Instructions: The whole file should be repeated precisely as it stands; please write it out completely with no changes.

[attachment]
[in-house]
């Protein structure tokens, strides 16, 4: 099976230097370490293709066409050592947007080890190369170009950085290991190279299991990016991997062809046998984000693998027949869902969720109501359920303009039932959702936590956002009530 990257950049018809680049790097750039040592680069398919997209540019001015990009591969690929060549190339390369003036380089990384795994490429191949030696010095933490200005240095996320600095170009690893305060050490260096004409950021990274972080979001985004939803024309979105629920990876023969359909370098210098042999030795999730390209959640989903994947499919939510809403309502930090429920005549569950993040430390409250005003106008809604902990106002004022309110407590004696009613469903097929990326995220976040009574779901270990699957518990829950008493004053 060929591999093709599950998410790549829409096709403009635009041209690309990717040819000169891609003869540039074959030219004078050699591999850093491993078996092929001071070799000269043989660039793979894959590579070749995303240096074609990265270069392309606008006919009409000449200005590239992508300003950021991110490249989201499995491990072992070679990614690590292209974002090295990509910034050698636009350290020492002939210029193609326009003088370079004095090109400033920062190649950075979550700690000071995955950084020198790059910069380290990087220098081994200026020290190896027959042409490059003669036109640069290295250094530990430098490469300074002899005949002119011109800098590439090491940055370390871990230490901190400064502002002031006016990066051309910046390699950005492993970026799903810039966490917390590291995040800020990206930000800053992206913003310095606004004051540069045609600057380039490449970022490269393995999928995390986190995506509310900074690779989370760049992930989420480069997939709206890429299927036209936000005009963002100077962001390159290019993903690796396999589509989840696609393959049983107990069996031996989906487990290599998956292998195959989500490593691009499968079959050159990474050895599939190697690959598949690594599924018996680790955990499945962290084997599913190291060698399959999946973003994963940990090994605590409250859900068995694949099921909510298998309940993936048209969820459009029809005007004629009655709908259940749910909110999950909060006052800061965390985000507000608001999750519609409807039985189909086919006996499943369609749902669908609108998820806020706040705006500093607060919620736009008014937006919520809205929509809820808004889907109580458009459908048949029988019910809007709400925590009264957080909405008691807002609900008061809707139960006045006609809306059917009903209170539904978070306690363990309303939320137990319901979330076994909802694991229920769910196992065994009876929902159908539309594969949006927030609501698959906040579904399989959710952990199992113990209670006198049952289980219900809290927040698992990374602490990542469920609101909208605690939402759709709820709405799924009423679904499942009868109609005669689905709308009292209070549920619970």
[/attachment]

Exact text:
[in-house]
């Protein structure tokens, strides 16, 4: 099976230097370490293709066409050592947007080890190369170009950085290991190279299991990016991997062809046998984000693998027949869902969720109501359920303009039932959702936590956002009530 990257950049018809680049790097750039040592680069398919997209540019001015990009591969690929060549190339390369003036380089990384795994490429191949030696010095933490200005240095996320600095170009690893305060050490260096004409950021990274972080979001985004939803024309979105629920990876023969359909370098210098042999030795999730390209959640989903994947499919939510809403309502930090429920005549569950993040430390409250005003106008809604902990106002004022309110407590004696009613469903097929990326995220976040009574779901270990699957518990829950008493004053 060929591999093709599950998410790549829409096709403009635009041209690309990717040819000169891609003869540039074959030219004078050699591999850093491993078996092929001071070799000269043989660039793979894959590579070749995303240096074609990265270069392309606008006919009409000449200005590239992508300003950021991110490249989201499995491990072992070679990614690590292209974002090295990509910034050698636009350290020492002939210029193609326009003088370079004095090109400033920062190649950075979550700690000071995955950084020198790059910069380290990087220098081994200026020290190896027959042409490059003669036109640069290295250094530990430098490469300074002899005949002119011109800098590439090491940055370390871990230490901190400064502002002031006016990066051309910046390699950005492993970026799903810039966490917390590291995040800020990206930000800053992206913003310095606004004051540069045609600057380039490449970022490269393995999928995390986190995506509310900074690779989370760049992930989420480069997939709206890429299927036209936000005009963002100077962001390159290019993903690796396999589509989840696609393959049983107990069996031996989906487990290599998956292998195959989500490593691009499968079959050159990474050895599939190697690959598949690594599924018996680790955990499945962290084997599913190291060698399959999946973003994963940990090994605590409250859900068995694949099921909510298998309940993936048209969820459009029809005007004629009655709908259940749910909110999950909060006052800061965390985000507000608001999750519609409807039985189909086919006996499943369609749902669908609108998820806020706040705006500093607060919620736009008014937006919520809205929509809820808004889907109580458009459908048949029988019910809007709400925590009264957080909405008691807002609900008061809707139960006045006609809306059917009903209170539904978070306690363990309303939320137990319901979330076994909802694991229920769910196992065994009876929902159908539309594969949006927030609501698959906040579904399989959710952990199992113990209670006198049952289980219900809290927040698992990374602490990542469920609101909208605690939402759709709820709405799924009423679904499942009868109609005669689905709308009292209070549920619970």